Financial Responsibility

Unfortunately, alongside the many benefits of spending with credit cards are the many possible risks and pitfalls of – essentially – spending money you don’t technically have. Banks and credit card issuers offer credit cards as both a service to a customer and a way of making money – debit cards are actually a financial loss to banks as they take no money from your account but instead only pay in interest on a regular basis. There are a variety of ways banks and credit card issuers will attempt to make sure they profit on your spending, and we have outlined some of them here.

Taking Stock of Interest Rates

When looking into getting a credit card, make sure you confirm the interest rate on the card itself. Banks and credit card issuers make money though charging interest on payments – although with a perfect credit rating there are certain issuers offering 0% rates to customers, most cards will come with a number that may seem small, but when your outgoings are in the thousands per month, can soon total up to serious debt. The easiest way to consider credit card interest is this: on a debit card, you pay with money you already have in the account, and without an overdraft, you cannot spend more than you have. This is never the case with credit cards; although they have spending limits, you are able to spend £2000 when you’ve only got £1500 in total to spend that month. In this case, you now owe them £500, and this will begin to multiply with every passing month. Of course, debt tends to behave like motorway traffic: an imbalance in your income and outgoings now may have serious implications in the future.

Hidden Charges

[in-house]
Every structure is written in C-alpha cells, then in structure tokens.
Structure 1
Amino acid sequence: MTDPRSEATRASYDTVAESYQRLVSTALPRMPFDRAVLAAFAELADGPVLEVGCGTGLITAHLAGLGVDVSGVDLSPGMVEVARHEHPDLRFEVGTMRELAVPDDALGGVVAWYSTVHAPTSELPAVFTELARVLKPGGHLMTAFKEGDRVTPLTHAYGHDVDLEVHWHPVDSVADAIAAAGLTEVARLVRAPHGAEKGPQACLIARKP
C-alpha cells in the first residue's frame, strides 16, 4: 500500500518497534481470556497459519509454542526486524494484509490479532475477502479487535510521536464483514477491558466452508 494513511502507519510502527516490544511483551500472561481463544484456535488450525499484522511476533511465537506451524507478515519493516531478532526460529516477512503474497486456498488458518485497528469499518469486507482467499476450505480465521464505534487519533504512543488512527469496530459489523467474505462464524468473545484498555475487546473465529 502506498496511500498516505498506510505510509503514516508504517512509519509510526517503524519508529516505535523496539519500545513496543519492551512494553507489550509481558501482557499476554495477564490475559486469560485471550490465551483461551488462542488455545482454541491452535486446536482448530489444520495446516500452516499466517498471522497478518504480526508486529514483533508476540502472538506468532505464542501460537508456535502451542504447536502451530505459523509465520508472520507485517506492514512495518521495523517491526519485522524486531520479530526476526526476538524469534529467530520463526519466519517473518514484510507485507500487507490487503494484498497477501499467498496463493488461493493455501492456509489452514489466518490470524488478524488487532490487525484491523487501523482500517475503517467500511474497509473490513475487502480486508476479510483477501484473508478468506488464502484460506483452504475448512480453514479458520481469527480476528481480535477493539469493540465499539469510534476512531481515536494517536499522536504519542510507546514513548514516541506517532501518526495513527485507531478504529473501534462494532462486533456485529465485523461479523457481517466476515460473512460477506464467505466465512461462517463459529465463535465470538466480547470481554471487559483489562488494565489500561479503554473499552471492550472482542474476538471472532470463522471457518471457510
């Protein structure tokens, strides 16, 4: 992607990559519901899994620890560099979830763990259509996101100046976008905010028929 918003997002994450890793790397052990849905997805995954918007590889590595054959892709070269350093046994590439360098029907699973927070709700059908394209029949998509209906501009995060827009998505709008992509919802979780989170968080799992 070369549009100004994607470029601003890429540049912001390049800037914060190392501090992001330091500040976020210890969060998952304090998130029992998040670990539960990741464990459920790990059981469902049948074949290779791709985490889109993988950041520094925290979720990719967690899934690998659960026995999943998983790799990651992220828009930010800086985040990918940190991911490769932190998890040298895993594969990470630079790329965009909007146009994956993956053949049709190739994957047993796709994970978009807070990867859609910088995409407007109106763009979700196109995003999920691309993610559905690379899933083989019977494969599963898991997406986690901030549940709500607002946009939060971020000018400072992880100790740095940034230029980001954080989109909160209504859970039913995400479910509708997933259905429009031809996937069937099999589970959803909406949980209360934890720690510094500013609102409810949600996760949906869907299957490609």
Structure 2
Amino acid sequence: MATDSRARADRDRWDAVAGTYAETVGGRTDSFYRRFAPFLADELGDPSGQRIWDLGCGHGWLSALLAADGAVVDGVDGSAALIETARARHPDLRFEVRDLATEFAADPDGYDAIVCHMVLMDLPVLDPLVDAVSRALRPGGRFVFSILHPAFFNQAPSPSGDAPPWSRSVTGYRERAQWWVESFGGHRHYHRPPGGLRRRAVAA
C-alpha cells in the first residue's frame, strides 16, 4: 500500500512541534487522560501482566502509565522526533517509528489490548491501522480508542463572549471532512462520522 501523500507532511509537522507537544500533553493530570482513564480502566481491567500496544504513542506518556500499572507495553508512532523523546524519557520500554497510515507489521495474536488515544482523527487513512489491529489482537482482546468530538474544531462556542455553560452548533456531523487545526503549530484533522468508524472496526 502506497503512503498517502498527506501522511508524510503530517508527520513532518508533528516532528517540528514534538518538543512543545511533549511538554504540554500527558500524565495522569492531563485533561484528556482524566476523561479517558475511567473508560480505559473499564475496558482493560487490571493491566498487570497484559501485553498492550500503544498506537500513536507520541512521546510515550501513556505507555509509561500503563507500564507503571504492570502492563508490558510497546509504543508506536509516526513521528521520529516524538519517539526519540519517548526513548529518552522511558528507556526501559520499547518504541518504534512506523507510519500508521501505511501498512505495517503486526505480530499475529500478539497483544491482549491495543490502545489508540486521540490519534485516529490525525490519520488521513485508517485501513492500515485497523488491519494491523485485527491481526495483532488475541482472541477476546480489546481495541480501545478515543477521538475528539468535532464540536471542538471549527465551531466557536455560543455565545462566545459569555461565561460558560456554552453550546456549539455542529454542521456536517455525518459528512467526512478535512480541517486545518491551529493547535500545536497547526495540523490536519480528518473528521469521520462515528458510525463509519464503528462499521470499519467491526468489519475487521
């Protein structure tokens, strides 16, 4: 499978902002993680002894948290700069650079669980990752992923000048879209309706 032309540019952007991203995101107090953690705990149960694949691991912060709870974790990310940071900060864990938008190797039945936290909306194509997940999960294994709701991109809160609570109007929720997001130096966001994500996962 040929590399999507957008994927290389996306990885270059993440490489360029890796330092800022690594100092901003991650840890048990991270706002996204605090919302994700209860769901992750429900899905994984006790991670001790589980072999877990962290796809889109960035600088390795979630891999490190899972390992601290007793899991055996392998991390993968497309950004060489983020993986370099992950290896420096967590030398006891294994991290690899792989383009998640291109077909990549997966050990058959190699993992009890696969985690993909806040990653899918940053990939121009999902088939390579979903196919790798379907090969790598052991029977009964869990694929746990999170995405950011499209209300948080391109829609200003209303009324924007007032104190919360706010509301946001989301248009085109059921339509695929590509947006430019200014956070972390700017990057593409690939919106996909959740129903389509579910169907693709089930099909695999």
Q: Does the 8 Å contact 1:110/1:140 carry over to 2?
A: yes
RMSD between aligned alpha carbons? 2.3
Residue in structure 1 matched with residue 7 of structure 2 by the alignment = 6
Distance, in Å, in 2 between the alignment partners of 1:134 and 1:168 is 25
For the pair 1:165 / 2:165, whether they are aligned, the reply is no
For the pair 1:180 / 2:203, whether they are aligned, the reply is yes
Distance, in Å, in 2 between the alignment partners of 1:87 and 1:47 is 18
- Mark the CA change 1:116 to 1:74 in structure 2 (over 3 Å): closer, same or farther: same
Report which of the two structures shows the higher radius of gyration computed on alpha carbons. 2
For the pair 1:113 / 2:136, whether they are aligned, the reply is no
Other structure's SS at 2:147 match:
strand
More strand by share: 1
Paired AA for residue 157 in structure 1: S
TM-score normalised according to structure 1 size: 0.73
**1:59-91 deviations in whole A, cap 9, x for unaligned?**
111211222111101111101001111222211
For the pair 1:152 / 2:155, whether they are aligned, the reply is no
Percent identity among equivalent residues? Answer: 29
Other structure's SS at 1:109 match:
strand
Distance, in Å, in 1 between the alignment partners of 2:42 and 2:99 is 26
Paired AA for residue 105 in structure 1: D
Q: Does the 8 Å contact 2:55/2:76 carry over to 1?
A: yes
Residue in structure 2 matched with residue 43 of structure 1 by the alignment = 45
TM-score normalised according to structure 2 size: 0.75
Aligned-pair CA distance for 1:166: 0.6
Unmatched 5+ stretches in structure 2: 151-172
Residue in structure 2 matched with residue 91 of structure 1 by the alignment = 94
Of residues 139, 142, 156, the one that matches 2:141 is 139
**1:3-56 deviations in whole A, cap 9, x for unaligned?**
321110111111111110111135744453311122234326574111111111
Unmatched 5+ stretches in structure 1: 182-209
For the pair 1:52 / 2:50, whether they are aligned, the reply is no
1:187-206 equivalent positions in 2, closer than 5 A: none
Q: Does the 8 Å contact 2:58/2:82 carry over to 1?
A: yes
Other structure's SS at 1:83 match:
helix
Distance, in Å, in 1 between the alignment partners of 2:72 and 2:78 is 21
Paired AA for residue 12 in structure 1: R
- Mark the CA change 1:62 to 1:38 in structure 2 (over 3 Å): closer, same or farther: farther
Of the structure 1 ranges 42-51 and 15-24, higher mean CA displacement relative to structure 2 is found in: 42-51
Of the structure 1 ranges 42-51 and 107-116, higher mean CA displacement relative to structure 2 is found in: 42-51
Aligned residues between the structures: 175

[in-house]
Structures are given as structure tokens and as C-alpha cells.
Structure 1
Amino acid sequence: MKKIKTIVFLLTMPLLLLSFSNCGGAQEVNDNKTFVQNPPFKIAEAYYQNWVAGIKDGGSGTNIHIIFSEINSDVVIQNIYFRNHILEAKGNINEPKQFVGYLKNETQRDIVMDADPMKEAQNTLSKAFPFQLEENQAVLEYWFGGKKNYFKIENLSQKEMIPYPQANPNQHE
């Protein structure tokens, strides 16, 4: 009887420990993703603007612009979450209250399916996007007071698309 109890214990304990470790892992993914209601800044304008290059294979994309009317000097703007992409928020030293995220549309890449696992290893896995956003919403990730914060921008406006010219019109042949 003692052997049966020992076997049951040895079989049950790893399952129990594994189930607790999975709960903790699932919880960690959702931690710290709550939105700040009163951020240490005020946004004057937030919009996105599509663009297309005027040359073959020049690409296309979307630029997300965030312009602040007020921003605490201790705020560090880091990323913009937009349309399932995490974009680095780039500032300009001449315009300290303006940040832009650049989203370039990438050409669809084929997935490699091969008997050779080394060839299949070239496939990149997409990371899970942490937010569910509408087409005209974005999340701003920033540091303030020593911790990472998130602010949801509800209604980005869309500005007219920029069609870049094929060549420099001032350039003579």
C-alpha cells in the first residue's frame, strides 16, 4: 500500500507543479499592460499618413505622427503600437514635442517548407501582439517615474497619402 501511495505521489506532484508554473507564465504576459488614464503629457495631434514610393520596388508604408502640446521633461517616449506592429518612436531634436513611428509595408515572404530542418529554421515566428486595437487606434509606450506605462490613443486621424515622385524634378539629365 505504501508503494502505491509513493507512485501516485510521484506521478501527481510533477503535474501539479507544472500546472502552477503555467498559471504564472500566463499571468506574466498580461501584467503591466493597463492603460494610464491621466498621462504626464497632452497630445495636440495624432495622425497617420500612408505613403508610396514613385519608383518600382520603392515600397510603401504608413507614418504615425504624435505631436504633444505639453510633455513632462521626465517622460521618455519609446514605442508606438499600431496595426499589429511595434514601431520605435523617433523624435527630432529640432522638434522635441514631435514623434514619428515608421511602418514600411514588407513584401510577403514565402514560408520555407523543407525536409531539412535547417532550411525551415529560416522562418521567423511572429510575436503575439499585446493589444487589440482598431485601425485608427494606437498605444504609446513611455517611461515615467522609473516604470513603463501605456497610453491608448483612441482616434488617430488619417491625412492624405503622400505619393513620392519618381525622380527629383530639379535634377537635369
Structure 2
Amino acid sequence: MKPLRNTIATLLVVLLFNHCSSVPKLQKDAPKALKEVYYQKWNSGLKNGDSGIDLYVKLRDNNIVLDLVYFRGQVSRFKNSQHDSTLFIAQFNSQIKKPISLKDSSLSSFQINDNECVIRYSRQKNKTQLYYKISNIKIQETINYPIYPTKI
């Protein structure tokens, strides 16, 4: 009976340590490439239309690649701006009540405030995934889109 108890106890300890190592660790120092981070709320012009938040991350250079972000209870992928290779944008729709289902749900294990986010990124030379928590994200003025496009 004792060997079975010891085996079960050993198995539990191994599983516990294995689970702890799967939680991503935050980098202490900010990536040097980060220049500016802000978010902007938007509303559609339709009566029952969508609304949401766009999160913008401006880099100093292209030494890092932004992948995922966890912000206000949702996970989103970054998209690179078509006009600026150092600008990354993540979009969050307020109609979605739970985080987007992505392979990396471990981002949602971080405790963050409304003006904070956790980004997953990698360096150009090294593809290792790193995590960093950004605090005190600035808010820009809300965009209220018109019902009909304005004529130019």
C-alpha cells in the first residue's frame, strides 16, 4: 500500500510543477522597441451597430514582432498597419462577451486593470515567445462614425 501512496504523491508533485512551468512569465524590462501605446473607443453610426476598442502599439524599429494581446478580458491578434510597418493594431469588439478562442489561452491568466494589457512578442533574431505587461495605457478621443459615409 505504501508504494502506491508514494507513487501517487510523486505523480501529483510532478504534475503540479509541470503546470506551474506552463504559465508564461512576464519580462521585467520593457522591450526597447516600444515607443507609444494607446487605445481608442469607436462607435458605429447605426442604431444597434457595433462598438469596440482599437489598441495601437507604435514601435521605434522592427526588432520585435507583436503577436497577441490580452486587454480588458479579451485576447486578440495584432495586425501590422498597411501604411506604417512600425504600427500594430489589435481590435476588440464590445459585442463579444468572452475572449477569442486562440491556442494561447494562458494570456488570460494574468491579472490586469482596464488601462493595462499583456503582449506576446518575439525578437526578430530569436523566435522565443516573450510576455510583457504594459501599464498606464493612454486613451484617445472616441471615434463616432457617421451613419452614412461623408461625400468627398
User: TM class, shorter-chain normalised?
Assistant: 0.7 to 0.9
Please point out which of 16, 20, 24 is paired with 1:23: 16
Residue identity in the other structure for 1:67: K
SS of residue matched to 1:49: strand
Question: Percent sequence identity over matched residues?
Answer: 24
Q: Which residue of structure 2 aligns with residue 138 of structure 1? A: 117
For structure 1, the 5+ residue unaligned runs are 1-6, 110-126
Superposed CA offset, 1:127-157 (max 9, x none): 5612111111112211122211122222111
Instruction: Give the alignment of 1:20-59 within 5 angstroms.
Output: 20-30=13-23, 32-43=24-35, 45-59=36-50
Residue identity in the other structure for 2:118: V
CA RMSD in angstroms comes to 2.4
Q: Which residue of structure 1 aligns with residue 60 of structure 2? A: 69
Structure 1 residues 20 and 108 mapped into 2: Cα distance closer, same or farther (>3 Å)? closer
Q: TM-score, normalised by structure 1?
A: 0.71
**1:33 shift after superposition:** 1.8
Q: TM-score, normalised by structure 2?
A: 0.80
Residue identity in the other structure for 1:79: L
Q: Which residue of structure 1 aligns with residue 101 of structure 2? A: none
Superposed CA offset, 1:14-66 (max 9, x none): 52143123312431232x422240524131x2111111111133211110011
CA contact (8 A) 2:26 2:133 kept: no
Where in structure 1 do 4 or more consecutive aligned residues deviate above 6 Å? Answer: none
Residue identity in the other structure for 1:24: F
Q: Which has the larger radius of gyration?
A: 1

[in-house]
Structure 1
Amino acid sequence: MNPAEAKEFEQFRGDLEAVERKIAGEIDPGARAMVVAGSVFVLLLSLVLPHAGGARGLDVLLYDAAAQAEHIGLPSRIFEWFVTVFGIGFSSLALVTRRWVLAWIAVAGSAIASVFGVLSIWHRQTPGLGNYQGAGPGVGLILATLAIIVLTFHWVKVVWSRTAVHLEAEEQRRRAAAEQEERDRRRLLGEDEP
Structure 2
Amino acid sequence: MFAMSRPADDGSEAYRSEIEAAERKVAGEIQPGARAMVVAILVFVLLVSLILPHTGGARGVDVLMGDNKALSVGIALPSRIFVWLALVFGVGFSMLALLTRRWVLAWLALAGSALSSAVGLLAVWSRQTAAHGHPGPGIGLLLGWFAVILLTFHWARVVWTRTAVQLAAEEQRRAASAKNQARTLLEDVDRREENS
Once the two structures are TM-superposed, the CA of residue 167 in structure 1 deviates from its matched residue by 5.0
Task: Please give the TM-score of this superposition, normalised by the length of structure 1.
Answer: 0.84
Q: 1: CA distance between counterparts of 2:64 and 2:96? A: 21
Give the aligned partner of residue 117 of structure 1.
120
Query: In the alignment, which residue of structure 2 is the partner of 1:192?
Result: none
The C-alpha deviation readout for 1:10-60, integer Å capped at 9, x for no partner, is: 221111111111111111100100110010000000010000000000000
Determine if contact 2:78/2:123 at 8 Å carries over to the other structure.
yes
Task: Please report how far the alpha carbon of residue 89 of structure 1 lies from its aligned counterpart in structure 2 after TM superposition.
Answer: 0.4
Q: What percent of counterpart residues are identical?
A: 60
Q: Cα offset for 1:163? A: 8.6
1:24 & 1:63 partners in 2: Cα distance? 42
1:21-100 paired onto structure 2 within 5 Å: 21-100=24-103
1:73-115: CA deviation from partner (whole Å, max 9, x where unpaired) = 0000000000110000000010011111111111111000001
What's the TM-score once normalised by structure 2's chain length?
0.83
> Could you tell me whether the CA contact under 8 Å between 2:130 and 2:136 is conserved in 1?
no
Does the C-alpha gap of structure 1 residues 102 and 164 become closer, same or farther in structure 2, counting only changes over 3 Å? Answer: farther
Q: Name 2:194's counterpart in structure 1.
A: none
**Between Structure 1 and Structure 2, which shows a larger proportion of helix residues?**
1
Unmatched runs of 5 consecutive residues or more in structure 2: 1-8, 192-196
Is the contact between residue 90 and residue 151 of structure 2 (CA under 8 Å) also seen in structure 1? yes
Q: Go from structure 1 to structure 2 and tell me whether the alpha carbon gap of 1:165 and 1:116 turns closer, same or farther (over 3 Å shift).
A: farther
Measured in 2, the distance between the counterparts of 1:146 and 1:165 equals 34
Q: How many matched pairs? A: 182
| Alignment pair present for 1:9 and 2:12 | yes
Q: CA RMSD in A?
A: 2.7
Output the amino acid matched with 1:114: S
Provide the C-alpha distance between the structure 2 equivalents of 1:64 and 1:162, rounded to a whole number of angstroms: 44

There are many different small fees that credit card companies and banks will attempt to saddle you with, often for things as innocuous as asking for paper statements or withdrawing cash from the account. Over time, these fees will add up, and of course, be added to any existing debit to the issuer or bank. Some banks and issuers design their credit systems to deliberately keep customers in debt, allowing them to make money on people at the cost of their financial stability and credit rating. Once you’re in, there are very few ways to get out, so ensure your issuer or bank has an honest reputation.

Insuring Your Finances

Many companies will also try to push payment-protection insurance on new customers. This covers expenses that would usually be met but aren’t due to anything from becoming unwell to death. However, like many insurance plans they are full of hidden small-print, giving the banks and issuers many ways to wrangle themselves out of paying out if these things do actually occur. This particular charge is also known as Credit Card Repayment Protection, or CCRP. Knowing the jargon on credit card fine print means you’re far less likely to be caught out in the long term.